Men and women of the future will be feeling the effects of age-related health problems later in life, according to the Office for National Statistics. Women of the future, on average, will have 64 years to enjoy unfettered good health, although men will have a little less time with the ‘best of health’ coming to an end by the time they reach 63.4 years.
These new predictions apply to boys and girls born between 2012 and 2014, and shows a big leap from expectations of those born 12 years earlier, between 2000 and 2002, when women could expect to reach 62.2 years in prime health whereas men could only expect to get to 60.1 years. (Last year was even better however and there has been a slight backward step.)
However, after these milestones, a growing number can expect to live with chronic health problems that are linked to old age, including the big five – heart disease, dementia, cancer, respiratory disease and arthritis.
Here, we look the likelihood of developing heart disease later life.
Coronary heart disease (CHD) is the biggest killer in the UK and can cause angina, which is pain or discomfort in the chest, heart failure, and heart attacks. The risk of developing the disease is linked to your age as well as smoking, obesity and high blood pressure because all these things put the heart under greater strain. Coronary heart disease develops due to a build up of fatty substances, such as cholesterol, in the walls of the coronary arteries which supply the heart with blood. As time goes on for some but not all people, the arteries can become narrow and stop enough oxygen-rich blood getting to the heart, damaging the heart muscle.
In 2010, the most recent year when figures are available, around 80,000 people in the UK died from coronary heart disease (CHD) according to the British Heart Foundation.
Your gender will also make a big difference to whether you develop heart disease or not and when it will occur. According to Coronary Heart Disease Statistics 2012, published by the British Heart Foundation, men aged 55 TO 64 are three times more likely to have CHD than women aged between 55-64. This is because women have enjoyed greater protection from heart disease before the menopause. However, women over the age of 50 do start to see a sharp increase in their risk. In the next decade, between, 65 and 75, they are twice as likely to have the disease. Over the age of 75, men are still one third more likely to have CHD, although the gap is narrowing. Professor John Cleland, Professor of Clinical Cardiology at Imperial College London, believes that lower levels of the circulating female hormone oestrogen, which may help to limit the accumulation of cholesterol in the arteries, may explain this. “I think that the menopause is what causes catch-up amongst women. However, trials of HRT containing synthetic oestrogen and progesterone failed to show a protective effect on the cardiovascular system; hormone replacement doesn’t appear to be as good as the real thing.’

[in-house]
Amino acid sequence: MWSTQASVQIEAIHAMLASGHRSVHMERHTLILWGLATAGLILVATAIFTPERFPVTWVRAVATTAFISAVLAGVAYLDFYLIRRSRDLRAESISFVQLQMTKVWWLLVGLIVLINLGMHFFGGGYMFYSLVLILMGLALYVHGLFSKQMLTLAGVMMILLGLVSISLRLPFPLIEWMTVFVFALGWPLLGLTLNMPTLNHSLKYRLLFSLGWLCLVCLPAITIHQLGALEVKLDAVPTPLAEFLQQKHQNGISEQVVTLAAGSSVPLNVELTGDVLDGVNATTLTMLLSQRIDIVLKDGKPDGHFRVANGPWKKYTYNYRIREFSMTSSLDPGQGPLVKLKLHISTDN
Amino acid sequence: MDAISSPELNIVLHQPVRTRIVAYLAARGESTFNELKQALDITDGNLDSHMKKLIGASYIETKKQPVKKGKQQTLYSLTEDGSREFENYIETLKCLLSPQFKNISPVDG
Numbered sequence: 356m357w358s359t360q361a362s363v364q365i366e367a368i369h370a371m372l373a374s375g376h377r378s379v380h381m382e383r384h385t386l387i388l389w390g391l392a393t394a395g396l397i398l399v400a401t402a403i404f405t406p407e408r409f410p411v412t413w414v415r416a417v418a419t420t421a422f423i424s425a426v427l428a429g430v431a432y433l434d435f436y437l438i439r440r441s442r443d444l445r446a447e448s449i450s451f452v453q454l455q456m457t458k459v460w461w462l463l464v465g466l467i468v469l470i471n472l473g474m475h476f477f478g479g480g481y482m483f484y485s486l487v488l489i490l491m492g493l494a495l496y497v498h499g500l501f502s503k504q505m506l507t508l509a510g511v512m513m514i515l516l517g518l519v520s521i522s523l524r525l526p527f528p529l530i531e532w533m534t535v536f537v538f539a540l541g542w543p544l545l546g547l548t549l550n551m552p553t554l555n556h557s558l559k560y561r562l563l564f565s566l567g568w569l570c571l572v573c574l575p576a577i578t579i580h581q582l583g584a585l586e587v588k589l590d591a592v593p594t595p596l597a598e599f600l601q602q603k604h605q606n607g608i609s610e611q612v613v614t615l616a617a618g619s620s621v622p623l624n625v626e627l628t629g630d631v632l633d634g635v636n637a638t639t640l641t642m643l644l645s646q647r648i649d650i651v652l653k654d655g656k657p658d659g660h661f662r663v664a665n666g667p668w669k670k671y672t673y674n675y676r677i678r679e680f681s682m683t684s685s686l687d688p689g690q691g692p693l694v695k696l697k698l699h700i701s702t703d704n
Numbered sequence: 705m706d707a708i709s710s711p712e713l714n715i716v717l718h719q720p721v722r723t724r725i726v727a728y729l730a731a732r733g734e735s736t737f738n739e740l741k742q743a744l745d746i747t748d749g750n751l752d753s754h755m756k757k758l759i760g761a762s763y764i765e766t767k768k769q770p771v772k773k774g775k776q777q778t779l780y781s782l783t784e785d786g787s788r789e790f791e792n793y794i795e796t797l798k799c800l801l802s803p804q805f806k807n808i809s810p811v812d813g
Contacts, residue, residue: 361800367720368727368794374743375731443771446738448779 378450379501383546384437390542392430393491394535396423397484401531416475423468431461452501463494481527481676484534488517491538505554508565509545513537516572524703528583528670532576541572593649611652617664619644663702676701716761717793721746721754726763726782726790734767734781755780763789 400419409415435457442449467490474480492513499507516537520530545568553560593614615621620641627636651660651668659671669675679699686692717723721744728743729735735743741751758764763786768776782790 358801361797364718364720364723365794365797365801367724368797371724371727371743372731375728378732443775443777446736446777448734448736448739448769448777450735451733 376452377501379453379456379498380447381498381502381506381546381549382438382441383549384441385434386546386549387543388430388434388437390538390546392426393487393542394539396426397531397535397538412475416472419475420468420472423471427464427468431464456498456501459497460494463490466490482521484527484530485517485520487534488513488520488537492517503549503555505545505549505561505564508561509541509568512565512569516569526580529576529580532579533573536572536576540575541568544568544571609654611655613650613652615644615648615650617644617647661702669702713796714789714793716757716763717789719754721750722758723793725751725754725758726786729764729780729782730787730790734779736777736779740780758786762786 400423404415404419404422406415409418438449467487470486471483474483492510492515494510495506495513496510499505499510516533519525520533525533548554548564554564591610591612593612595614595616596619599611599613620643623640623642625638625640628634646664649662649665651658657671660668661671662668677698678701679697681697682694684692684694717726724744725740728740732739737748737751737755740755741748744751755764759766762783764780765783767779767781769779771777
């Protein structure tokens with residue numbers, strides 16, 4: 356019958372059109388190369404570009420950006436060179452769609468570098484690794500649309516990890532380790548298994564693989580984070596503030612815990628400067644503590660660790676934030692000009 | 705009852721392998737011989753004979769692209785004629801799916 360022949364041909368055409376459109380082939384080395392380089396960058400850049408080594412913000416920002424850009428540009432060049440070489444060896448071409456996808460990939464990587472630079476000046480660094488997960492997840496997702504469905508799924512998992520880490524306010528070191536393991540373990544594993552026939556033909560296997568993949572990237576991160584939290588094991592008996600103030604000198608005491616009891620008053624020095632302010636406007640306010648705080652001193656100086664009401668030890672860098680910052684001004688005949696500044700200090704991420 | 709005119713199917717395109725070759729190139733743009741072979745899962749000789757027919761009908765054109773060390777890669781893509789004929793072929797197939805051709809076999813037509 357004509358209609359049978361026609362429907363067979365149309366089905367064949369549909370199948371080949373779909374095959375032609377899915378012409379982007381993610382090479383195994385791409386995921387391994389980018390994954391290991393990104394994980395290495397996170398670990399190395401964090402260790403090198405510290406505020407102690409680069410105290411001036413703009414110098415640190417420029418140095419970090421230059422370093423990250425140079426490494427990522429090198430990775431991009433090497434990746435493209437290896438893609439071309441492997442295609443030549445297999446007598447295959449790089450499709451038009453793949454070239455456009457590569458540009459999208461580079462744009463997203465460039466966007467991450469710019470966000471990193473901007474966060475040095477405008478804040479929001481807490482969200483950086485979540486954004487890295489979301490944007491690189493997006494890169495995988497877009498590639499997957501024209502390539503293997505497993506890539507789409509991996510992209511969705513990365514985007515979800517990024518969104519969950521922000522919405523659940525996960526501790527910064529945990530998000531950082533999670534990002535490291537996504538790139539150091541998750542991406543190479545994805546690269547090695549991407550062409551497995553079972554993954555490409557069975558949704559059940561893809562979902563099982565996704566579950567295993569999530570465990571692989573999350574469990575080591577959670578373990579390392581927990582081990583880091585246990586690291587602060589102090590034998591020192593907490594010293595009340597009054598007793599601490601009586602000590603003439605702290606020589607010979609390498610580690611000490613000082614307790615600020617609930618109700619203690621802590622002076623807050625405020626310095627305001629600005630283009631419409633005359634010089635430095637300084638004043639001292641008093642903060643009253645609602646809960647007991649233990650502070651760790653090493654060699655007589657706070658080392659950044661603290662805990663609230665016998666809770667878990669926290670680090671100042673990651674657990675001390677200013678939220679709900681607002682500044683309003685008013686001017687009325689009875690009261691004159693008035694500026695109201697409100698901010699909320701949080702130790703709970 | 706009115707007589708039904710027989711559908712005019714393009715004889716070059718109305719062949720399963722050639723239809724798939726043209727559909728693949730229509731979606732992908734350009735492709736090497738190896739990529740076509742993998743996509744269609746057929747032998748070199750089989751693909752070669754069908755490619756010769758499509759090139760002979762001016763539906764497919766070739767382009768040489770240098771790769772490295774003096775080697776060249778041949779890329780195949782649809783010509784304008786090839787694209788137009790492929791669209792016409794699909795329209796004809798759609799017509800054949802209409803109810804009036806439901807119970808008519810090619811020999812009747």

Interestingly, UK death statistics show that older women, over the age of 75, die in the same numbers as male sufferers, even though a third more men are diagnosed with the condition at this age. The reason for this is not well understood. Some experts believe that this is because the common assumption that heart disease affects mostly men, something the figures show isn’t true. Some US studies have shown that women with heart disease are less likely to undergo procedures like angioplasty, which widens the arteries in the heart. Professor Clelland says there is no convincing evidence that women receive poorer standard of care in the UK. ‘In fact, I think women are more likely to follow medical advice such as changing their diet and taking their medications- which can be an advantage.’
Men are far more likely to die from heart disease when they are aged between between 55 and 64, with 5899 men dying from CHD compared to just 1495 women. This is thought to be because of the protective effect of oestrogen. By the next decade, women are catching up, and account for almost a third of deaths. 9952 men die from this disease compared to 4084 women between the age of 65 and 74. But by the time, women and men pass the age of 75, the death rates are equally matched at around 27,500 each in 2010.
Professor Cleland also believes that heart failure – the silent killer – can help to explain why women ‘catch up’ with men in the CHD death statistics. ‘Four out of every five deaths after a heart attack are preceded by the development of heart failure. High blood pressure can also cause heart failure. Heart failure causes or complications about 0.5 million hospital admissions in the UK each year – about 4 million bed-days and leading to an estimated 200,000 deaths each year.
This may explain lack of sex difference in CV death amongst older people. Heart failure, whatever its cause, is the real killer. Men get it predominantly through heart attacks and so slightly younger. Women get it predominantly through hypertension and are older.’
The good news, however, is the overall, death rates from CVD have been falling in the UK since the early 1970s because of improved treatments like preventative statins as well as lifestyle factors, like a decrease in smoking rates. For people under 75 years, death rates have fallen by 44 per cent in the last ten years
But this could reverse as obesity becomes more prevalent amongst the young – obesity causes the heart to work harder to pump blood around the body as well as raising blood cholesterol and increasing the likelihood of Type 2 diabetes.
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